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How Brands Grow
What Marketers Don’t Know
- Read in 15 minutes
- Audio & text available
- Contains 9 key ideas
In How Brands Grow, Byron Sharp tackles conventional marketing wisdom, disproving many of the conventional marketing myths with scientific facts and establishing some scientifically proven principles marketers should use.
Key idea 1 of 9
Marketing practice should use evidence provided by marketing science, not rely on traditional beliefs.
For thousands of years, it was very common for medical doctors to practice bloodletting on their patients: just a few centuries ago, it was used as a cure for every health problem imaginable. Then, as science advanced and empirical evidence mounted, we came to learn that bloodletting is largely ineffective.
Similarly, marketing practice has long operated on the basis of beliefs that have no empirical foundation.
One of these established beliefs is that brands need to have an equal amount of loyal customers and customers who switch between brands (“switchers”).
Take, for example, the toothpaste brands Colgate and Crest. In 1989, a market analysis revealed that Colgate’s consumer base was made up of 21 percent loyal customers and 68 percent switchers, while Crest’s comprised 38 percent loyal customers and just 46 percent switchers.
For the marketing managers at Colgate, this data was worrisome enough to convince them that they should produce more persuasive advertising to keep their customers loyal.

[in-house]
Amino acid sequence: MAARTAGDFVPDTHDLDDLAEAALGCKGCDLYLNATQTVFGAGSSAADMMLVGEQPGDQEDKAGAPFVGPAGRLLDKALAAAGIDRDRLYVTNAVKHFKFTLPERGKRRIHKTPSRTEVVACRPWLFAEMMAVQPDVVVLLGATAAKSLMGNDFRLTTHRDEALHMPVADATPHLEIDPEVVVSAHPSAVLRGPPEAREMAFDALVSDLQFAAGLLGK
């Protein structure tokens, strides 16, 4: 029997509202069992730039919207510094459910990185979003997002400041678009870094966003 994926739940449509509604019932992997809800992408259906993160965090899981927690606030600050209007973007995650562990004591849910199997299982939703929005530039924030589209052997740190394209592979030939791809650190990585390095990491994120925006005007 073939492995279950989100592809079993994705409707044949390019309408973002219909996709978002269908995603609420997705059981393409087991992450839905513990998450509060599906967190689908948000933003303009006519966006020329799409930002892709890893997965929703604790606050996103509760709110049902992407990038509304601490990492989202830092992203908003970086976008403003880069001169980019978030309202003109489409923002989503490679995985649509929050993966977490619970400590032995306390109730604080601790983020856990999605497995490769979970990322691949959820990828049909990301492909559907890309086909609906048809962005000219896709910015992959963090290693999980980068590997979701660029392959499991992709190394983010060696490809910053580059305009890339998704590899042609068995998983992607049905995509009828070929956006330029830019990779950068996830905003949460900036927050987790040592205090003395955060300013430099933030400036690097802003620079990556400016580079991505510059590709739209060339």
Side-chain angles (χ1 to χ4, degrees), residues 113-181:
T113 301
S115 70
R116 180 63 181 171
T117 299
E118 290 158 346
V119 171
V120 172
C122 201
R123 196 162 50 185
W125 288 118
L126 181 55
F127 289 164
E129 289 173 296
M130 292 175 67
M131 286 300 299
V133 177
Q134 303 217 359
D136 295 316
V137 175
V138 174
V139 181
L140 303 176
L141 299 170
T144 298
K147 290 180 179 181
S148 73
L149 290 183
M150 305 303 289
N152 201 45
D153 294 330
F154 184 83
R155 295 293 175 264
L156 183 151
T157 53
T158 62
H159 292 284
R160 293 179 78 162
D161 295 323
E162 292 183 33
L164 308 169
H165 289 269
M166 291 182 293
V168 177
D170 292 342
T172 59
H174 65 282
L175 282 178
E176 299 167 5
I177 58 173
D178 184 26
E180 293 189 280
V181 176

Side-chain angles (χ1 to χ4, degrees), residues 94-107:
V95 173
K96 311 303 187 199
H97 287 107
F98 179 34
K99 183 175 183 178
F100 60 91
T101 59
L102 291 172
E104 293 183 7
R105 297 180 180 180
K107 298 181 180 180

However, like many maxims of marketing, this belief is wrong.
In marketing, there is a scientifically proven pattern known as the double jeopardy law which states that brands with a smaller market share have fewer customers and, what’s more, that those customers are less loyal than those of bigger brands.
This reveals that the buying behavior of customers is related to a brand’s size, and that it’s therefore only natural that Colgate, with its 19 percent market share, has fewer loyal customers and more switchers than Crest, which has a market share of 37 percent.
Thus, these figures shouldn’t concern Colgate’s marketing department, as they aren’t the consequence of a weak marketing strategy, but simply of the brand’s relative size.
As the above example illustrates, in order for it to be effective, marketing practice should ground itself in the findings of marketing science. That’s because marketing science can reveal the actual causes and effects of marketing.